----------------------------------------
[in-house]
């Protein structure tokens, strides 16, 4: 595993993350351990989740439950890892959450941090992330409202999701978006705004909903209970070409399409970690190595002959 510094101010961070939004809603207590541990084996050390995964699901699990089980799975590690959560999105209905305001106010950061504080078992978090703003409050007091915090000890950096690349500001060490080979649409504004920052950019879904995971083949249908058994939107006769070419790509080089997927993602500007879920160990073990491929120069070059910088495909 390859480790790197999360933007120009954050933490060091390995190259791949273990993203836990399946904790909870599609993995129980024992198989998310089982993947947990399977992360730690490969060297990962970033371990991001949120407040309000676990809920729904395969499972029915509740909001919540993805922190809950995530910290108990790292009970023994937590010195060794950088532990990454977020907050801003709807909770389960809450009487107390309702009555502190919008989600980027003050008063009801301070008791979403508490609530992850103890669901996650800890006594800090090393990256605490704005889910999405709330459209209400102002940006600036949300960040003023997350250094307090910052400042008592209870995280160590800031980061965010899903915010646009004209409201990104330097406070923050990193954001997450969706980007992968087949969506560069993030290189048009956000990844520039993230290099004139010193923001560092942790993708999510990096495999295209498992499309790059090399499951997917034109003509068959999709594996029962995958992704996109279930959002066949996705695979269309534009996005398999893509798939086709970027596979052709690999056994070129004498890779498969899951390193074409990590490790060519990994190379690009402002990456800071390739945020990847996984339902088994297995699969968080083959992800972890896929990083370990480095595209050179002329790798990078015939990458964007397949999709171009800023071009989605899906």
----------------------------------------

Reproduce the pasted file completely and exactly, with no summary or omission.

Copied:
[in-house]
């Protein structure tokens, strides 16, 4: 595993993350351990989740439950890892959450941090992330409202999701978006705004909903209970070409399409970690190595002959 510094101010961070939004809603207590541990084996050390995964699901699990089980799975590690959560999105209905305001106010950061504080078992978090703003409050007091915090000890950096690349500001060490080979649409504004920052950019879904995971083949249908058994939107006769070419790509080089997927993602500007879920160990073990491929120069070059910088495909 390859480790790197999360933007120009954050933490060091390995190259791949273990993203836990399946904790909870599609993995129980024992198989998310089982993947947990399977992360730690490969060297990962970033371990991001949120407040309000676990809920729904395969499972029915509740909001919540993805922190809950995530910290108990790292009970023994937590010195060794950088532990990454977020907050801003709807909770389960809450009487107390309702009555502190919008989600980027003050008063009801301070008791979403508490609530992850103890669901996650800890006594800090090393990256605490704005889910999405709330459209209400102002940006600036949300960040003023997350250094307090910052400042008592209870995280160590800031980061965010899903915010646009004209409201990104330097406070923050990193954001997450969706980007992968087949969506560069993030290189048009956000990844520039993230290099004139010193923001560092942790993708999510990096495999295209498992499309790059090399499951997917034109003509068959999709594996029962995958992704996109279930959002066949996705695979269309534009996005398999893509798939086709970027596979052709690999056994070129004498890779498969899951390193074409990590490790060519990994190379690009402002990456800071390739945020990847996984339902088994297995699969968080083959992800972890896929990083370990480095595209050179002329790798990078015939990458964007397949999709171009800023071009989605899906």